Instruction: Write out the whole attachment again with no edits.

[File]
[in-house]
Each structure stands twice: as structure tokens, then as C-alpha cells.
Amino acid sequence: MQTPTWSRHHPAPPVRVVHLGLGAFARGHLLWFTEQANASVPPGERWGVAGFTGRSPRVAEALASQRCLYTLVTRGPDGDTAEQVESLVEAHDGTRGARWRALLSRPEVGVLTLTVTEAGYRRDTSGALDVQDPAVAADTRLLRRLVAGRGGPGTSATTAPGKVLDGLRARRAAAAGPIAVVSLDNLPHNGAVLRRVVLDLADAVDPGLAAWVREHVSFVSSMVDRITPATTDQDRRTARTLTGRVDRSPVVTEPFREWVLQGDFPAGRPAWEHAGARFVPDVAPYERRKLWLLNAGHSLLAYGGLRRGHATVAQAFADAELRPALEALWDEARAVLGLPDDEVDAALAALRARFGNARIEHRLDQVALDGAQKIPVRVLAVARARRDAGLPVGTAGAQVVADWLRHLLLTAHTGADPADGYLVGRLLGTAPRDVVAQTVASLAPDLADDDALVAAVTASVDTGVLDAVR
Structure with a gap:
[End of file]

[in-house]
Each structure stands twice: as structure tokens, then as C-alpha cells.
Amino acid sequence: MQTPTWSRHHPAPPVRVVHLGLGAFARGHLLWFTEQANASVPPGERWGVAGFTGRSPRVAEALASQRCLYTLVTRGPDGDTAEQVESLVEAHDGTRGARWRALLSRPEVGVLTLTVTEAGYRRDTSGALDVQDPAVAADTRLLRRLVAGRGGPGTSATTAPGKVLDGLRARRAAAAGPIAVVSLDNLPHNGAVLRRVVLDLADAVDPGLAAWVREHVSFVSSMVDRITPATTDQDRRTARTLTGRVDRSPVVTEPFREWVLQGDFPAGRPAWEHAGARFVPDVAPYERRKLWLLNAGHSLLAYGGLRRGHATVAQAFADAELRPALEALWDEARAVLGLPDDEVDAALAALRARFGNARIEHRLDQVALDGAQKIPVRVLAVARARRDAGLPVGTAGAQVVADWLRHLLLTAHTGADPADGYLVGRLLGTAPRDVVAQTVASLAPDLADDDALVAAVTASVDTGVLDAVR
Structure with a gap: